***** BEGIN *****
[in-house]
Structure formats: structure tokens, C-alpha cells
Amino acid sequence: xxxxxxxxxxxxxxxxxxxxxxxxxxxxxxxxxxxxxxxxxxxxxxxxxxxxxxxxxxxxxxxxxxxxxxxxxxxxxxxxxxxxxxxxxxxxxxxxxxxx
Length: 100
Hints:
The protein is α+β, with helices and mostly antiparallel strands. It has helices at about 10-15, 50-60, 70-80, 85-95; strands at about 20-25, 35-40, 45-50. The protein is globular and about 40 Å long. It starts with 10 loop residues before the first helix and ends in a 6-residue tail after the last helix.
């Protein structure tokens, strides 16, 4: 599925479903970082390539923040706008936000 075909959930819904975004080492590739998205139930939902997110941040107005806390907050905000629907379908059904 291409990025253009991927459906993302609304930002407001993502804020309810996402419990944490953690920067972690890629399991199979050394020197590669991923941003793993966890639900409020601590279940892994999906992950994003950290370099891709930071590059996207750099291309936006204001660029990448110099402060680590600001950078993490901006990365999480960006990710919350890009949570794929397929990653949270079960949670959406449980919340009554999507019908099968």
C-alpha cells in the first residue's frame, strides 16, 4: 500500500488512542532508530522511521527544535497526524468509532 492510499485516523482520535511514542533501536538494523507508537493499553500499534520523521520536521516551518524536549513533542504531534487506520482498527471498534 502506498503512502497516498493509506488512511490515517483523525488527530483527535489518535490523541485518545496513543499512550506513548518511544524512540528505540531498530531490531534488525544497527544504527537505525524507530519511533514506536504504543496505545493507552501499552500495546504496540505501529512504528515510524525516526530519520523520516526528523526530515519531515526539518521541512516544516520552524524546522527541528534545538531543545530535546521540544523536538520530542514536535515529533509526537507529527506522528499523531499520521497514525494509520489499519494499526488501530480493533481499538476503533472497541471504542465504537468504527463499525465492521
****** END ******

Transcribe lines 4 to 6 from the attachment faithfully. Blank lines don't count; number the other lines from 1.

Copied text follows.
Length: 100
Hints:
The protein is α+β, with helices and mostly antiparallel strands. It has helices at about 10-15, 50-60, 70-80, 85-95; strands at about 20-25, 35-40, 45-50. The protein is globular and about 40 Å long. It starts with 10 loop residues before the first helix and ends in a 6-residue tail after the last helix.